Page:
Alveolar and cystic echinococcosis, serious parasitic diseases caused by larval stages of Echinococcus multilocularis and E. granulosus has been diagnosed in Slovakia for a long time. Study presents case of 49-years old patient with accidentally diagnosed one big (60 mm) and multiple small (2 - 24 mm) hypoechogenic structures localised in right liver lobe. According to positive serology to E. granulosus antigen and results of imaging examinations the patient was classifi ed as possible case of cystic echinococcosis and treated with mebendazole. Later, due to the worsening of clinical, laboratory and CT fi ndings surgical biopsy was performed and surgical biopsy and subsequent PCR examination of liver tissue confi rmed the diagnosis of alveolar echinococosis. Clinical picture of disease imitating cystic echinococcosis in presented case report, together with results of serological tests confi rmed importance of accurate differential diagnosis of echinococcosis. Each aspect of clinical and laboratory results should be considered responsibly, however, sometimes only molecular techniques can solve the problem of differential diagnosis.
Alveolar echinococcosis (AE), caused by proliferating metacestodes of the parasitic fox tapeworm Echinococcus multilocularis, is a life-threatening disease in humans. In this study we report four human cases of AE in Slovak Republic with regard to various clinical manifestations and susceptibility to chemotherapy with albendazole or mebendazole. Patients were monitored serologically by ELISA test and Western Blots within 2–5 years after initiation of chemotherapy/surgery. Using computerized tomography (CT) we compared morphological changes of the parasitic lesions in the liver during the course of treatment.
The parasitic lesions in the CT were manifested as nodular hyperplasia with hyper or hypodense zones and calcified foci within the lesion. In other cases the lesion was visualised as a hypodense poorly-delineated septated focus without calcifications. In the last case, the diagnosis of AE was confirmed only at surgery. Calcified foci found inside the main parasitic lesions were the only abnormality that was detected in two cases and were absent in other two cases. The levels of specific anti-parasitic antibodies followed the pathomorphological changes in the livers. Total IgG levels to Em2+ and EmP antigen declined gradually during the follow-up (1–5 years) and disappeared only in the patient receiving radical surgery (cured). In comparison with total IgG, concentration of the IgG4 antibody subclass seemed to correlate more adequately with the outcome of therapy as their levels decreased in improved/stabilised patients, but were elevated in “aggravated” patients. We showed that, in patients with AE in Slovakia, radical surgery of parasitic foci proved to be the most successful treatment and, in inoperable cases, albendazole and mebendazole were differently effective. Moreover. IgG4 levels rather than total IgG to protoscoleces antigens proved to be more sensitive serological marker of the progress of therapy.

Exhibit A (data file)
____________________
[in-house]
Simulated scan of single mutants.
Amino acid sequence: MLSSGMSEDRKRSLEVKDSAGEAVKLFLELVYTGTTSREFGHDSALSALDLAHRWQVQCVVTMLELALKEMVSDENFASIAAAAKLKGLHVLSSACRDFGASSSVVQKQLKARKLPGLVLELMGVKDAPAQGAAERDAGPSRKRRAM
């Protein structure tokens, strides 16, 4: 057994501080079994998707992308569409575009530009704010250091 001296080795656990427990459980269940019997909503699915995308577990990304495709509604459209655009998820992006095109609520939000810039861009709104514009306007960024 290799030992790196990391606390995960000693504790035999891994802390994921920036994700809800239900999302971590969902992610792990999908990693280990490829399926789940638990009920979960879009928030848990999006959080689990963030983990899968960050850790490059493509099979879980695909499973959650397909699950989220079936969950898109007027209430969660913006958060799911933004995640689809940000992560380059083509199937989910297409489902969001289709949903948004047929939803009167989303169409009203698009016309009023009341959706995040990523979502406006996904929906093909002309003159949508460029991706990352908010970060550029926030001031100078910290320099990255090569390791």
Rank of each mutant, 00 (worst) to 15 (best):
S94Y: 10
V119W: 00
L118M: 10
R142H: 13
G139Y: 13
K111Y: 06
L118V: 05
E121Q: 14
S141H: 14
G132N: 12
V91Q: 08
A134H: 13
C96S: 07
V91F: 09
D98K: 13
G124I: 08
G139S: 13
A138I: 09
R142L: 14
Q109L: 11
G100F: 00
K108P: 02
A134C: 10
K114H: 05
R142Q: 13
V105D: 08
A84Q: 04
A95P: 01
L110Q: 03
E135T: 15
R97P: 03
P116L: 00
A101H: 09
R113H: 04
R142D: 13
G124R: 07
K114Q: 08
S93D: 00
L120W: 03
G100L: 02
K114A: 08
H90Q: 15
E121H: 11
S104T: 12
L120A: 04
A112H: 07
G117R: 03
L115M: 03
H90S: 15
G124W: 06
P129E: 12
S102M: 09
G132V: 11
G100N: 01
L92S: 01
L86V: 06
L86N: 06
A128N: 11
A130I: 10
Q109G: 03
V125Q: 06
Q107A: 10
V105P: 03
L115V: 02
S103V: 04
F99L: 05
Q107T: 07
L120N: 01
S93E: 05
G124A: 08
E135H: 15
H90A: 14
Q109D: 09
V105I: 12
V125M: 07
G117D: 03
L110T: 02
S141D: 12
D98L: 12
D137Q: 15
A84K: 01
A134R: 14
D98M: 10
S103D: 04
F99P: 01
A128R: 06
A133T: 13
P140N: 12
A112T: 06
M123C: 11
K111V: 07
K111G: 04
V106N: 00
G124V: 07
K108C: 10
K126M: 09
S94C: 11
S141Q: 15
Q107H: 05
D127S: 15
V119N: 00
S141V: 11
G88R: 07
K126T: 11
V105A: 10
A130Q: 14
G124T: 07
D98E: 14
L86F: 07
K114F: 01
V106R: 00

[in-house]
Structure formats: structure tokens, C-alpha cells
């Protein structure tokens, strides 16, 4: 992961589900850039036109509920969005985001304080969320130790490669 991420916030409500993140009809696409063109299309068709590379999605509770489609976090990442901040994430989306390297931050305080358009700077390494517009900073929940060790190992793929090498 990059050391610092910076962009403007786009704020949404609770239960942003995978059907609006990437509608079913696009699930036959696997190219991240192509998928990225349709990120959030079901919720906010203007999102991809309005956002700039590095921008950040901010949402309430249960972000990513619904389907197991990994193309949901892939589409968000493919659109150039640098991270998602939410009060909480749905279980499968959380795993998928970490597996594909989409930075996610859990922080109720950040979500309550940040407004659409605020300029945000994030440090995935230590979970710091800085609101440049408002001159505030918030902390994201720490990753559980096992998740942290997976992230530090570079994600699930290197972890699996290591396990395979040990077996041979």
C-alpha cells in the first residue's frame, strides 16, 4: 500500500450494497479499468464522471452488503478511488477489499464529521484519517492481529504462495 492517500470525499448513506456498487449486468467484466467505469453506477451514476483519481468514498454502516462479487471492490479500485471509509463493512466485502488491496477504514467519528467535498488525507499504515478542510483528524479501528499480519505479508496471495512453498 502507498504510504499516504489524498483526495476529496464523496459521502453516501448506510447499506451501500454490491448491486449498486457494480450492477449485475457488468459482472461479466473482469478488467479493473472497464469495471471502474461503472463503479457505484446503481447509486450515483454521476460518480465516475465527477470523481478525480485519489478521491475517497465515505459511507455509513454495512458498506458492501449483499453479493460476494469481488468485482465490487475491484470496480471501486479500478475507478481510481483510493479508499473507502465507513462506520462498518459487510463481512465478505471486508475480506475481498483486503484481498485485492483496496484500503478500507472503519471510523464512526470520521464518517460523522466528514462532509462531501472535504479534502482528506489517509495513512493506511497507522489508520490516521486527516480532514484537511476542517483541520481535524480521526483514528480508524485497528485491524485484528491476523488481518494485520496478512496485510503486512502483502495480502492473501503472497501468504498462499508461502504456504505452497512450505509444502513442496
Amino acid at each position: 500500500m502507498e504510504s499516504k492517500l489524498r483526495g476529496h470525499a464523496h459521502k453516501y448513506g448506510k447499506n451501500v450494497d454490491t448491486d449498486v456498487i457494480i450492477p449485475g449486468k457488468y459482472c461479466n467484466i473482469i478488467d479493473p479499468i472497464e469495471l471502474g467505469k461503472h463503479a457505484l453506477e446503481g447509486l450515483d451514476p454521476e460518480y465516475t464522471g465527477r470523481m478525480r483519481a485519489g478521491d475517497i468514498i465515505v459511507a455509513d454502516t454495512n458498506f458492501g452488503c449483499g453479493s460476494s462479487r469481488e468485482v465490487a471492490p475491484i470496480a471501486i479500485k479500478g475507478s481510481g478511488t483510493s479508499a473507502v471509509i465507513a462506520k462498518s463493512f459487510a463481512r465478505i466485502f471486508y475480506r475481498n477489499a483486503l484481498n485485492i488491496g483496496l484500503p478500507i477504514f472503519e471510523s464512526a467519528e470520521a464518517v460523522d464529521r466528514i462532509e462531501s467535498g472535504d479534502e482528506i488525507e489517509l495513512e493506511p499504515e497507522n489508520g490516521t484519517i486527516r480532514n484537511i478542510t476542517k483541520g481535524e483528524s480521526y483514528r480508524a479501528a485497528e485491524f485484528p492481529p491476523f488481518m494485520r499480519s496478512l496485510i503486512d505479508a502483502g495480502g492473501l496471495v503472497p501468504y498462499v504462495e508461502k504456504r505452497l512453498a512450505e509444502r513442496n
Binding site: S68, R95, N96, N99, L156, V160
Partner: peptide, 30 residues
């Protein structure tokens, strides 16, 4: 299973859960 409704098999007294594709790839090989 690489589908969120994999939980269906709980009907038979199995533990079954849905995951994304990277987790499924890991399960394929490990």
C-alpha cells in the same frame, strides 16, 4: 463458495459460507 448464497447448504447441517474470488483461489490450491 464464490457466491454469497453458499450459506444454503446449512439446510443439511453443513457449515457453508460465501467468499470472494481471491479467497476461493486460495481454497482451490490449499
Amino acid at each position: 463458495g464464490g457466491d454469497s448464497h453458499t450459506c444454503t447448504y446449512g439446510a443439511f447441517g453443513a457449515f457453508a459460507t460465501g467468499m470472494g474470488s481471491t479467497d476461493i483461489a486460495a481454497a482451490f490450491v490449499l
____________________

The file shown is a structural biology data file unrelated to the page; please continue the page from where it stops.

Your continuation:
We report the case of a 4-year-old boy suffering from a cerebral form of toxocariasis. High serum titres of anti-Toxocara antibodies indicated that the primary infection was induced by a high number of Toxocara eggs and that the larvae did not penetrate to cerebrospinal fluid due to the hematoencephalic barrier. MRI of the patient’s brain showed multiple focal lesions spread diffusely in almost all parts of the brain, predominantly paraventricularly. These might be eosinophil-rich granulomatous infiltrates enclosing larvae. Extensive morphological changes were the cause of serious neurological symptoms, most of them being reversible after follow-up therapy. Radiology proved to be useful diagnostic method, but the specific serological assessment had a key role for the final diagnosis. In conclusion, diagnosis of this patient was intracranial primary Toxocara infection with central quadruparesis and parainfective myocarditis.
Dirofilariosis is a vector-borne disease that is spreading in Europe from the southern endemic regions to the northern countries, including Slovakia. The dog parasites Dirofilaria immitis and D. repens are zoonotic agents, responsible for the development of human pulmonary and subcutaneous dirofilariosis, respectively. The present paper reports the third case of human dirofilariosis in Slovakia caused by D. repens. The pacient, a 41-year-old woman, was referred with tumour process in the subcutaneous area of the right forearm. Within 14 days the USG confirmed the rapid increase of the nodule from 20 × 10 mm to 30 × 25 mm. The surgical extirpation of the tumour was indicated. Histological examination revealed the formation with eosinofilic rime and the presence of a worm in the centre, detected as D. repens.